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Ky. Republicans file anti-immigration bill




FRANKFORT

Senate Republicans followed through on a promise Tuesday to file a bill aimed at cracking down on illegal immigrants in Kentucky.

State Sen. John Schickel, R- Union, sponsored the legislation, one of about a dozen bills Senate Republican leaders filed on the first day of the 2011 legislative session. GOP Senate President David Williams said many of the measures could be approved and sent to the Democratic-controlled House for consideration by week’s end.

Schickel’s proposal would allow police to arrest illegal aliens on trespassing charges for setting foot in Kentucky.

Critics complained the measure goes farther even than an Arizona immigration law that is facing legal challenges.

The Kentucky measure would allow police to determine the immigration status of people they detain. It also would allow illegal immigrants to be charged with trespassing if they are found on “any public or private land in this state,” an apt description of all property in the state.

“It’s much broader and much more harmful than the Arizona law,” said the Rev. Patrick Delahanty, head of the Catholic Conference of Kentucky, which is opposing the bill. “This bill does nothing but turn people who are generally hard- working and lawabiding into criminals and drains resources from local governments and police departments that ought to be put into protecting citizens from serious criminals.”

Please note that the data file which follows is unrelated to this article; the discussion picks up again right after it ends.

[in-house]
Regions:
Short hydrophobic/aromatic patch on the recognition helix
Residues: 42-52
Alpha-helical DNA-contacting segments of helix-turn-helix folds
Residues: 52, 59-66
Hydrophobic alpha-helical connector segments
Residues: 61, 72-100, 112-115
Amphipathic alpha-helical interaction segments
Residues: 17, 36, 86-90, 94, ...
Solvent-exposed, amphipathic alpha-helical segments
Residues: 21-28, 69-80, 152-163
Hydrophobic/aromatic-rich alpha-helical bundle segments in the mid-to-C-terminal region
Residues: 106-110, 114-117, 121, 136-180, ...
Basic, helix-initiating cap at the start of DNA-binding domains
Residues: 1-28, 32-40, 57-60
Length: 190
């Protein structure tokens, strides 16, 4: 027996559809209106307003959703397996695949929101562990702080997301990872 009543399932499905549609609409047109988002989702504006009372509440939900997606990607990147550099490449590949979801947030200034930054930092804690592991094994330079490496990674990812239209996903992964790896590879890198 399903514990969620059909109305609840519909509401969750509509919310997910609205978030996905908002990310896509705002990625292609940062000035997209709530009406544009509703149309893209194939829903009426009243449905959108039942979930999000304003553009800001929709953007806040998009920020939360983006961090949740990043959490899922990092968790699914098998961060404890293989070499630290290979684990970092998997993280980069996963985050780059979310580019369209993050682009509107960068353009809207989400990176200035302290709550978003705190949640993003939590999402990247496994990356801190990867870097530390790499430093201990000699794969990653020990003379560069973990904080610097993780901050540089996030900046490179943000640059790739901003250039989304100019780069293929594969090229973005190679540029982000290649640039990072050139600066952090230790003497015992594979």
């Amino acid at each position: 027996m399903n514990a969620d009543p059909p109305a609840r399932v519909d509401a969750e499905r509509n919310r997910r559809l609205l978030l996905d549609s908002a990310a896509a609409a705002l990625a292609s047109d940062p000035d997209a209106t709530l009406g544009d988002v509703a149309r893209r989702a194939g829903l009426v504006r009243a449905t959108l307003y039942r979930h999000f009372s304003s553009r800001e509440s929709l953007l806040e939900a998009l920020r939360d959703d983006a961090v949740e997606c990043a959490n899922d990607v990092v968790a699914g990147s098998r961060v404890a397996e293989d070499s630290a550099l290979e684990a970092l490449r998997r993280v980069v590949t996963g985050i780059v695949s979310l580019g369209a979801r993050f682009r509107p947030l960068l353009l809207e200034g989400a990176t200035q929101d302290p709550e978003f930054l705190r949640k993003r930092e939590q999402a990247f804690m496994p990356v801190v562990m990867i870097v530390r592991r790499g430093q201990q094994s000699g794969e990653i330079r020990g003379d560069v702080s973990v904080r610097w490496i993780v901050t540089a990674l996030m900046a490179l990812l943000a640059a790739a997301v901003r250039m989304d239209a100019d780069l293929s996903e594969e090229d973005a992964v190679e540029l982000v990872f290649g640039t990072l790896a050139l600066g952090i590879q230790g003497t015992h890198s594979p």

The American Civil Liberties Union questioned the constitutionality of the legislation as well as its wisdom, considering Kentucky farmers rely heavily on immigrant labor.

“The impact on Kentucky specific industries such as tobacco and horse racing is hard to forecast, but it will likely be substantial,” said ACLU spokeswoman Kate Miller.

The Kentucky legislation also makes it illegal to harbor or transport illegal immigrants.

Delahanty said Republicans are trying to solve a problem with illegal immigrants that doesn’t exist in Kentucky. The Kentucky Long-Term Policy Research Center estimated last year that Kentucky has about 30,000 illegal immigrants, though people involved in the debate acknowledge that could be a conservative number.

Democratic House Speaker Stumbo told reporters last week that he will review the Senate’s proposal but that police already are authorized to check a person’s citizenship status and to take appropriate action. He said he would prefer legislation that Democrats are considering that would hold companies accountable if they hire illegal immigrants.

Stumbo said if employers can’t hire illegal immigrants, then they will move to other states.



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